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An Approach To Managing Manufacturing Exceptions Using Object-Oriented Information Integration


Wang, Ching-Yang (1993) Doctoral Thesis, Georgia Institute of Technology, Atlanta.


Most manufacturing environments are seriously impacted by manufacturing exceptions, which can have detrimental effects on quality, reliability and productivity. An exception is either a rare or an unexpected event which interrupts the normal manufacturing processes. Information technology is used in this work for developing methodologies, which provide flexible, extensible exception management capabilities that aid in the resolution of manufacturing exceptions. A conceptual exception model has been built to provide a structured approach which can be used to develop exception management methodologies. The exception model contains multiple views which are interdependent, propagating and integrated as a whole model. Through the functionality provided by these views, the exception model can aid in coping with exceptions by clarifying issues in exception management, by proposing assistance using information technology and by providing methods for building an exception management information system.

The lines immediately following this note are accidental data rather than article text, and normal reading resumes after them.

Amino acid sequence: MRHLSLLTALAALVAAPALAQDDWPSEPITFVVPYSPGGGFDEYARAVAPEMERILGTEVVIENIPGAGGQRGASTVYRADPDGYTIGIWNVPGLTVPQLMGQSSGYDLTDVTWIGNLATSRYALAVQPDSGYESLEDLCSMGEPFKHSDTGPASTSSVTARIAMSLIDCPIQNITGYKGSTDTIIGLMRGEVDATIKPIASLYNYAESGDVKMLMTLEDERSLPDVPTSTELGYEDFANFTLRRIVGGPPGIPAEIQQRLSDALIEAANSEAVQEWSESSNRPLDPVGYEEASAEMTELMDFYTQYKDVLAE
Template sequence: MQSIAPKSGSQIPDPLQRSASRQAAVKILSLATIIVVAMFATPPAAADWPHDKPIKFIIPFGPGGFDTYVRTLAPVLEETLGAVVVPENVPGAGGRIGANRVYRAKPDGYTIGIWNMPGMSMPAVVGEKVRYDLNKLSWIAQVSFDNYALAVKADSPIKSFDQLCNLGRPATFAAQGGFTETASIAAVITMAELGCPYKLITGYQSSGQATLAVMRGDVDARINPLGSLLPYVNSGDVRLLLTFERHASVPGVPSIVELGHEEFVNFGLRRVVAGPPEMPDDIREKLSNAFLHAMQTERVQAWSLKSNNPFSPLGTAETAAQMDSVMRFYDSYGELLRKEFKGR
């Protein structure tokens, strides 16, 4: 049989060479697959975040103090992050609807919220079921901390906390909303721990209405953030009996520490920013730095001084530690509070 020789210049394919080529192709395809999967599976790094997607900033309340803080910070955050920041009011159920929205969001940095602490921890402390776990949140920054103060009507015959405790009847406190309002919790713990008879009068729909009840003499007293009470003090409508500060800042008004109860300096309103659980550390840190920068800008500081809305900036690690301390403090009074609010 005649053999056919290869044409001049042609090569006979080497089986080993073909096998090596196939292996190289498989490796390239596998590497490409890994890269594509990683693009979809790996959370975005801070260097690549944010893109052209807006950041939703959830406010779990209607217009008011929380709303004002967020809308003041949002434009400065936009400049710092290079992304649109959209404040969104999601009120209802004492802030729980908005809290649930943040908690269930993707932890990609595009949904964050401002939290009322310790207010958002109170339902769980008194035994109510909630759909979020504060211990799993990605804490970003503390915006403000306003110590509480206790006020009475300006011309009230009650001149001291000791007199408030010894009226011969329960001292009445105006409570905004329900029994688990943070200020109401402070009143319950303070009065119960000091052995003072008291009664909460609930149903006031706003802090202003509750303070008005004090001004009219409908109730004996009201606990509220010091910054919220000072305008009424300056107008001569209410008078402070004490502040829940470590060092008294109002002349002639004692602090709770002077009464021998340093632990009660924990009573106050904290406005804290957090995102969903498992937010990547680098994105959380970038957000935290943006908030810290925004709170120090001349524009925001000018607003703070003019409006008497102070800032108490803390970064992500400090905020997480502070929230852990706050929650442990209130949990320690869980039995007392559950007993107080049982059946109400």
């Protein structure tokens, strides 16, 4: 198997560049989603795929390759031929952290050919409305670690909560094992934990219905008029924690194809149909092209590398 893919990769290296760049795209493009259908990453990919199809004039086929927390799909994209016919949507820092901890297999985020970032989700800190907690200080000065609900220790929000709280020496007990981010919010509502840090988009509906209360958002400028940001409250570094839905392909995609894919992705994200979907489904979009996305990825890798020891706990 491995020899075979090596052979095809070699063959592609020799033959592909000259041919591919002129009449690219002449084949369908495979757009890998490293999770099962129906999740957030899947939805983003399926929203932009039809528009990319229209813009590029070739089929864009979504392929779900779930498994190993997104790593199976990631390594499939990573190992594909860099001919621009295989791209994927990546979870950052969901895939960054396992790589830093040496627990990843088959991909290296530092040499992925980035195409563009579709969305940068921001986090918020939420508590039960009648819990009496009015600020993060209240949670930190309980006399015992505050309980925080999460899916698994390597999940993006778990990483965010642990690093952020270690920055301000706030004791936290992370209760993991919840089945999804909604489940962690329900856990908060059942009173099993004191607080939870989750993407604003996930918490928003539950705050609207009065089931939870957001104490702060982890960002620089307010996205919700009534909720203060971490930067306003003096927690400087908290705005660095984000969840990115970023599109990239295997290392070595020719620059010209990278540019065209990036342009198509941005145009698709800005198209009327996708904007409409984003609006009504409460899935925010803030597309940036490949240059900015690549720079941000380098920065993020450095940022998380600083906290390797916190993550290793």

Three case studies of implementing an information system using an optical fiber manufacturing process have been developed to illustrate and verify the concepts of the exception model. The issues of characterizing the normal operations, managing a specific exception and managing a category of exceptions are examined. The case studies have been implemented in the Smalltalk environment. The design part of an information system is fully developed, and most of the implementations to demonstrate the design concepts have been completed. The developed information system then provides a platform for users to execute some exception management capabilities such as recovery plans to aid in coping with exceptions and the impact and decision propagation regarding exceptions.

The anticipated effect of this research is to benefit persons, such as system integrators, who need to build exception management information systems. Furthermore, a developed exception management information system can contribute to persons, such as the floor operators and the facility manager, who need an information system to aid in coping with exceptions. Although the scope of the implementation of the case studies is narrow, the structured approaches provided by this conceptual exception model can provide a foundation for further exploration in the areas of managing manufacturing exceptions.

Manuscript: order via UMI